The event we covered yesterday regarding the Canary District Condominiums not only introduced us to the first condominium to be sold within the larger West Don Lands precinct, it also provided much-needed clarification regarding other projects we can look forward to hearing about within the surrounding neighbourhood. Of particular note was the information provided as to what exactly the district is, as opposed to the individual condominium and the larger precinct
For those who have made themselves aware of the original West Don Lands Precinct Plan from 2005 prepared for Waterfront Toronto, all these names flying around can get pretty confusing. The Precinct Plan provided renderings, site plans, massing models and neighbourhood titles that could have been read as though certain decisions had already been made on these points. The presentation yesterday did not address the Precinct Plan directly, however it has been made clear through a site plan provided (above) as well as renderings that designs have been altered and names changed. Of primary importance is the distinction between the Canary District and the Canary District Condominiums. The condominium refers to the project we brought to your attention yesterday, while the district refers to the agglomeration of blocks immediately west of the 18-acre Don River Park. The precint plan labelled this area as the "Don River Neighbourhood" — a name that has subsequently been changed to Canary District.
Yesterday's event elaborated on key principles that were mentioned in the original plan, such as the construction of townhomes on the side streets, the importance of Front Street as the heart of the neighbourhood, height restrictions of 11 storeys (36 metres, except for eastern gateways) and an emphasis on family-oriented streets and open spaces. The employment of theories pioneered by Jane Jacobs such as walkability, "eyes on the street" and mixed-income serves to strengthen the original plan. The area will be defined by two "gateways": the western the CNR Building and the former Canary Restaurant/Palace Street School building, both of which will be restored. The eastern gateway will be at the intersection of Front Street and Bayview, defined by two contemporary-designed buildings (the northern one by KPMB Architects) that will frame views down Front Street towards the downtown core.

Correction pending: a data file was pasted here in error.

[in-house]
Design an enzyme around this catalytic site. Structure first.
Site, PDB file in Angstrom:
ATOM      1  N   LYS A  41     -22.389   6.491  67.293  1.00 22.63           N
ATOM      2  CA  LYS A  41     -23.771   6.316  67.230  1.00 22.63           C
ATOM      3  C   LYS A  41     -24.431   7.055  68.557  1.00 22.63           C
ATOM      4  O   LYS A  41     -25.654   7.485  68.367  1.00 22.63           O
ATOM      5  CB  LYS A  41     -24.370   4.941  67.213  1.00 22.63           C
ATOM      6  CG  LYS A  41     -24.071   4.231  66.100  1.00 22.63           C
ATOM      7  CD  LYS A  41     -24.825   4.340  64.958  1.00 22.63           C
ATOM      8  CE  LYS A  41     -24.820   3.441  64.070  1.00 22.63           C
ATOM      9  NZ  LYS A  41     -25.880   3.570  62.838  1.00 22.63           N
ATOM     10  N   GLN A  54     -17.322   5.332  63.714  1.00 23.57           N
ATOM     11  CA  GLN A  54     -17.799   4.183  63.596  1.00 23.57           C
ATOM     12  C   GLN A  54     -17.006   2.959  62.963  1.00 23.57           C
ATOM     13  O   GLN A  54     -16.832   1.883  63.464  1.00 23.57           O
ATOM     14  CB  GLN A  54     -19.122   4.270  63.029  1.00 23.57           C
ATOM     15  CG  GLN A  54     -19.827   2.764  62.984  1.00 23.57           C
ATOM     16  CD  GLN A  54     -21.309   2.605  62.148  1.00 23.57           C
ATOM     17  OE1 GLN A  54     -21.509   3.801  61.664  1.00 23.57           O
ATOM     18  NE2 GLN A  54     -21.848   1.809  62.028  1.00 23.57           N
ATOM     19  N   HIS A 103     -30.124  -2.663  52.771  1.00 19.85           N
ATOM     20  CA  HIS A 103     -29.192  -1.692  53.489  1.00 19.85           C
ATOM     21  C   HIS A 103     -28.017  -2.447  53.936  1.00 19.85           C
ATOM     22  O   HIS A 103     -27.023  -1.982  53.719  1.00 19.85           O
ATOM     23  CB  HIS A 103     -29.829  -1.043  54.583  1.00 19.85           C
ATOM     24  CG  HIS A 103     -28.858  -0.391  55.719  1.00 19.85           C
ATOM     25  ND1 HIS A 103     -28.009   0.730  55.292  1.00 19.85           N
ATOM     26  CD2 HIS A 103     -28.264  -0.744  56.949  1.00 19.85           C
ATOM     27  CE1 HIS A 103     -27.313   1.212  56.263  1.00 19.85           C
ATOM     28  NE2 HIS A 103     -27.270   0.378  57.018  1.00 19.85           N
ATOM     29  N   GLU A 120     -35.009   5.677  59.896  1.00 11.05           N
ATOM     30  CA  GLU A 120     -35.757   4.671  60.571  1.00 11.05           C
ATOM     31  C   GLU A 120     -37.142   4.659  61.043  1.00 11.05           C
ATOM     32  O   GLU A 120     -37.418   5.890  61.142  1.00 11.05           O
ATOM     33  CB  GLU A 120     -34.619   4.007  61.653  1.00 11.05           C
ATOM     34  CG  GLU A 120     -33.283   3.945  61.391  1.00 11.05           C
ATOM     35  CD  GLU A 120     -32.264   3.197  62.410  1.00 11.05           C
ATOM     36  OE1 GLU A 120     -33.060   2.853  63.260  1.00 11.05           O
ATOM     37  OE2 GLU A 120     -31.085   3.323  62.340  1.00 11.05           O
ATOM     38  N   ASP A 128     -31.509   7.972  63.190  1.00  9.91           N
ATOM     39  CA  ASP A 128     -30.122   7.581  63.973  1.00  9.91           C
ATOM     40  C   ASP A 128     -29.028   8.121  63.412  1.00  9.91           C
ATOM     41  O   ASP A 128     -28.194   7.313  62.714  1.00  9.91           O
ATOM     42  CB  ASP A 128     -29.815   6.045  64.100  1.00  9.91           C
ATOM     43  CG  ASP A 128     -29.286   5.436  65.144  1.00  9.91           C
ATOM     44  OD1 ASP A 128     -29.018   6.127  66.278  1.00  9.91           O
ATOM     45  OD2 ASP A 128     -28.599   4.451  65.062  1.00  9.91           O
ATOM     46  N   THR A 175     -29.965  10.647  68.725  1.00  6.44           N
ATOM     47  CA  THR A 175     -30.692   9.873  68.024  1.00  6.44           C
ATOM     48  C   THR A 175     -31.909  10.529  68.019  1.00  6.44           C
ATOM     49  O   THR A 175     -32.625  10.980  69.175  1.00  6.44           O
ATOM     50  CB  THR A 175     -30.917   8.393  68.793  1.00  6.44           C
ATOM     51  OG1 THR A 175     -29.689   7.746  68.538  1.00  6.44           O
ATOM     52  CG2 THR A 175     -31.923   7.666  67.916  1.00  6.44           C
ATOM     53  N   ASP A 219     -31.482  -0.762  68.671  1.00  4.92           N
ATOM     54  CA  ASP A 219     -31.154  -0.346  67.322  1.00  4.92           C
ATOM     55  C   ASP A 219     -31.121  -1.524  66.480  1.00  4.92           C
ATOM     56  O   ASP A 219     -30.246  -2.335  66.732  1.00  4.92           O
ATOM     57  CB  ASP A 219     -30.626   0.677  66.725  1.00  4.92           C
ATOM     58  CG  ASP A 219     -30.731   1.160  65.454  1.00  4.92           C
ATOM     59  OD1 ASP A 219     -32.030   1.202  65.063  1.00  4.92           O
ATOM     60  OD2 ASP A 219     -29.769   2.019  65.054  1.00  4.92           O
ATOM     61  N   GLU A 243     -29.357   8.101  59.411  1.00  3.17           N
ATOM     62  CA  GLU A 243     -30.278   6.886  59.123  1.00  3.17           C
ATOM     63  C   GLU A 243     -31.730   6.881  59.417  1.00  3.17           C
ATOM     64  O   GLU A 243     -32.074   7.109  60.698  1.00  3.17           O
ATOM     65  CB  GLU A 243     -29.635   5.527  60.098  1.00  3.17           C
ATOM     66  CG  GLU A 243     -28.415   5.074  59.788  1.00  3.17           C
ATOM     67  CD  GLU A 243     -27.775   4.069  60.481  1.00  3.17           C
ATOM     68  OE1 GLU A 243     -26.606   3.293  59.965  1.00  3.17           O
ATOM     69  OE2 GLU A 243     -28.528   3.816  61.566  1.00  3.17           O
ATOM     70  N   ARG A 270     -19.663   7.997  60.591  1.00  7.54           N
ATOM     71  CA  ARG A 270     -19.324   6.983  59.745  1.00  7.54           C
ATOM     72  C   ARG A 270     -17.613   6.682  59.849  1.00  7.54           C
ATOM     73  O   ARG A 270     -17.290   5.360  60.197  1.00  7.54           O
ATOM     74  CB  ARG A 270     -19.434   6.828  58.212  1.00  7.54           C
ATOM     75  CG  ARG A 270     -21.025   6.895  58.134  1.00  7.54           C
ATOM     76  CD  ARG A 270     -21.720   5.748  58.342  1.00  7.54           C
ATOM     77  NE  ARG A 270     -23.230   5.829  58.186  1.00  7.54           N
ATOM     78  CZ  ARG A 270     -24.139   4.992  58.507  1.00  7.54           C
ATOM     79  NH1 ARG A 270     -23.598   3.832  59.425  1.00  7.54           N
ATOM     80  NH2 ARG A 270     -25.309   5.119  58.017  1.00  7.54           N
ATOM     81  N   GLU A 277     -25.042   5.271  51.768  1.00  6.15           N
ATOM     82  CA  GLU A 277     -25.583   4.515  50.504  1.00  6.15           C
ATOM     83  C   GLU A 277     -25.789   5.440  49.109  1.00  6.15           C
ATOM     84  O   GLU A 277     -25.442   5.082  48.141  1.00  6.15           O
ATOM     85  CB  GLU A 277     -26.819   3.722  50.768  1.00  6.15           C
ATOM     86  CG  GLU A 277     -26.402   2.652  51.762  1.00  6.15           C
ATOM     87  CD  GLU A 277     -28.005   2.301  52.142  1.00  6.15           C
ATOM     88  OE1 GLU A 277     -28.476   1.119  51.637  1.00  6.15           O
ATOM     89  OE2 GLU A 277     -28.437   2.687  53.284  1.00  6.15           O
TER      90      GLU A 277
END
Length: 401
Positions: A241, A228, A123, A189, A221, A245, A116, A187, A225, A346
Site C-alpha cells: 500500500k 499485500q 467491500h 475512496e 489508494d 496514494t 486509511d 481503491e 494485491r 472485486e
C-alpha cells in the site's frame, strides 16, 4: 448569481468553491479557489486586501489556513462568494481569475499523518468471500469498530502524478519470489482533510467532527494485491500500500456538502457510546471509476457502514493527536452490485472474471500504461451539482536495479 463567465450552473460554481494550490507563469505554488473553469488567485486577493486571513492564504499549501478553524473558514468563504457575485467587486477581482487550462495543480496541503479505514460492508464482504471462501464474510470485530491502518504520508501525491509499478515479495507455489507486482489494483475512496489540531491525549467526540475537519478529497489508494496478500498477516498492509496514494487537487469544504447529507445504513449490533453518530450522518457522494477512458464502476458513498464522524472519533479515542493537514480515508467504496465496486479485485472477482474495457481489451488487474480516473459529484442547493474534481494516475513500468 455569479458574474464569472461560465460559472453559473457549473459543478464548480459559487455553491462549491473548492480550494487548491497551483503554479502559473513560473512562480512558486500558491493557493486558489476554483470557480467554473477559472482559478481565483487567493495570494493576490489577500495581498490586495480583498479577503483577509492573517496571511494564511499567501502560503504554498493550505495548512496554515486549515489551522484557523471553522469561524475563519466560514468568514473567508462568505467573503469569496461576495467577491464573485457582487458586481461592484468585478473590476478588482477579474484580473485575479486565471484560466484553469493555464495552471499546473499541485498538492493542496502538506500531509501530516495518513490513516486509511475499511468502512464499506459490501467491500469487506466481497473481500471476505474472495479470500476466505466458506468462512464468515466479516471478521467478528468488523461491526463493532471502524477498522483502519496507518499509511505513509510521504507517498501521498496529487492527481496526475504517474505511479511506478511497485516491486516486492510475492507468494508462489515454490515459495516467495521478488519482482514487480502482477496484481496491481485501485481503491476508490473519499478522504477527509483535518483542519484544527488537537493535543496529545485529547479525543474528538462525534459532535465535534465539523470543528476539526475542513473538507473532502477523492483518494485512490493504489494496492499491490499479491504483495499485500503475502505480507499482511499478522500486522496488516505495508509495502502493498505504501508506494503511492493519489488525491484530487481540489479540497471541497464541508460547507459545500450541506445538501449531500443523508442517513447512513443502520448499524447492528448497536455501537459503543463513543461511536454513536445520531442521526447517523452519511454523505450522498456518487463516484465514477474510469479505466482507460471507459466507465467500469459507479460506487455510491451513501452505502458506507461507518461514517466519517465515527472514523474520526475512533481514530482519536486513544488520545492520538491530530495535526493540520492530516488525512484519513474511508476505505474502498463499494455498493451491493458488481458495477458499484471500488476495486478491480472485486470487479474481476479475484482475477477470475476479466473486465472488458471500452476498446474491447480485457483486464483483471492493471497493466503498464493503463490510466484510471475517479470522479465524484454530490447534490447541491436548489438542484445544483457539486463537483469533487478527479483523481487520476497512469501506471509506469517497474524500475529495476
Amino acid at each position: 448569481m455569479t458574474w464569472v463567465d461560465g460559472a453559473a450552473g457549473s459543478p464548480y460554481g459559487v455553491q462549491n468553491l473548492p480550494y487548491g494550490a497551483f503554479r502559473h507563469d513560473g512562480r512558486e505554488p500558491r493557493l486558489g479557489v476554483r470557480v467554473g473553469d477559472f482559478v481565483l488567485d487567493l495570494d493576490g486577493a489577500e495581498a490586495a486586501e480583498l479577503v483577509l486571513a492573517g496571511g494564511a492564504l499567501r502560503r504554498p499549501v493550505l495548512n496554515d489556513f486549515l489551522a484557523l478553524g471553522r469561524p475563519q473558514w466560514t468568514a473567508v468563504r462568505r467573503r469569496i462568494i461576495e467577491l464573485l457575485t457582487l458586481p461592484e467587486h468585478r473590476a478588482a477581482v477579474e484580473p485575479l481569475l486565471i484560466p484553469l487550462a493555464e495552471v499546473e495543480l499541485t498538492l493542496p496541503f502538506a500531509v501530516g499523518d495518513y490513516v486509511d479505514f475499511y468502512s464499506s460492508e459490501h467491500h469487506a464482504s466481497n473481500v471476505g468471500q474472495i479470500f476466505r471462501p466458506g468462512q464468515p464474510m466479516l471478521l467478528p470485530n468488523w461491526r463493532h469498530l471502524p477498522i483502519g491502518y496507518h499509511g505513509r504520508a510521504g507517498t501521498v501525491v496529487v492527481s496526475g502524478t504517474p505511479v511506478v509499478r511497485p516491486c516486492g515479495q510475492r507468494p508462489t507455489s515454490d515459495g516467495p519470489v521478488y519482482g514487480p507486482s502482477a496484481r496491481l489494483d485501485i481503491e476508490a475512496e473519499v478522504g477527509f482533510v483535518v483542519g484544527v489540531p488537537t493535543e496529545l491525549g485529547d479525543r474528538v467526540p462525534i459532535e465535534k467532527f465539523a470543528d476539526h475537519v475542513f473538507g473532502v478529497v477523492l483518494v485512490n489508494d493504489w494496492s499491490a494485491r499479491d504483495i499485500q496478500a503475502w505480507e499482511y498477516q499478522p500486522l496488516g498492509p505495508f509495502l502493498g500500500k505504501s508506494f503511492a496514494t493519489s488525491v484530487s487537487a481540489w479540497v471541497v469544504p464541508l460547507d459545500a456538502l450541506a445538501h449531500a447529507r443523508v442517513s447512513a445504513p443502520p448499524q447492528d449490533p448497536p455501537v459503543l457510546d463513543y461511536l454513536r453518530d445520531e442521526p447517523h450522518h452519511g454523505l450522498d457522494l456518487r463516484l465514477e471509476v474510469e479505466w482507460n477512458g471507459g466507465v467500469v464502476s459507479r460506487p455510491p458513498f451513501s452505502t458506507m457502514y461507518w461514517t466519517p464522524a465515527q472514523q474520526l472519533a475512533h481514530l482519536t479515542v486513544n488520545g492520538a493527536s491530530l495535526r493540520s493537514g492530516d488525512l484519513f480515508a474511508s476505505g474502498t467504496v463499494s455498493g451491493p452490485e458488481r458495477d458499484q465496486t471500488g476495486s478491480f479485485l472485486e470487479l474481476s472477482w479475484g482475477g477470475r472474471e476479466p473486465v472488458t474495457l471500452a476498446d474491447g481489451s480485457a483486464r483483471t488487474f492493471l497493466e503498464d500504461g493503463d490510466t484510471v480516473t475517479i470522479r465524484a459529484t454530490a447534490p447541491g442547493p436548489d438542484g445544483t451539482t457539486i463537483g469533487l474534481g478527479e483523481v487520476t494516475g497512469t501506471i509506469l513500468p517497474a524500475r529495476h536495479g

The Canary District is composed of eight blocks in total; the Canary District Condominiums will occupy Block 11. We were also provided with a rendering for the western façade of George Brown College's student residence, which will be located on block 1, at the intersection of Front and Cherry Street. The above rendering shows George Brown College (the taller building accented with orange) with the YMCA complex (fronting Cherry Street) in front.
The sheer volume of information we've received so far regarding the Canary District can be overwhelming at the best of times. The gradual introduction of projects and various parties involved — while not the easiest to understand — will make for a neighbourhood unlike any in Toronto. Pulling the point of focus out from the individual project, the amount of development we've yet to see or hear about is staggering — the Canary District Condominium is one block (of eight) within one neighbourhood (of four) within one precinct (of four) of Waterfront Toronto's ambitious development project. The criticisms of Waterfont Toronto's work tend to focus on the perceived slow place with which the agency is progressing in terms of development; these critiques fail to comprehend the sheer magnitude of work involved, as well as the delicacy with which these projects must be approached. It's been made clear that no decisions in this plan has thus far been made haphazardly, or without adequate consultation and thought. We can't wait to hear more about the Canary District Condominiums as well as the Canary District, and will be sure to pass on any and all information we receive.
|Related Companies:||Baker Real Estate Inc., Dream Unlimited, EllisDon, LiveRoof Ontario Inc|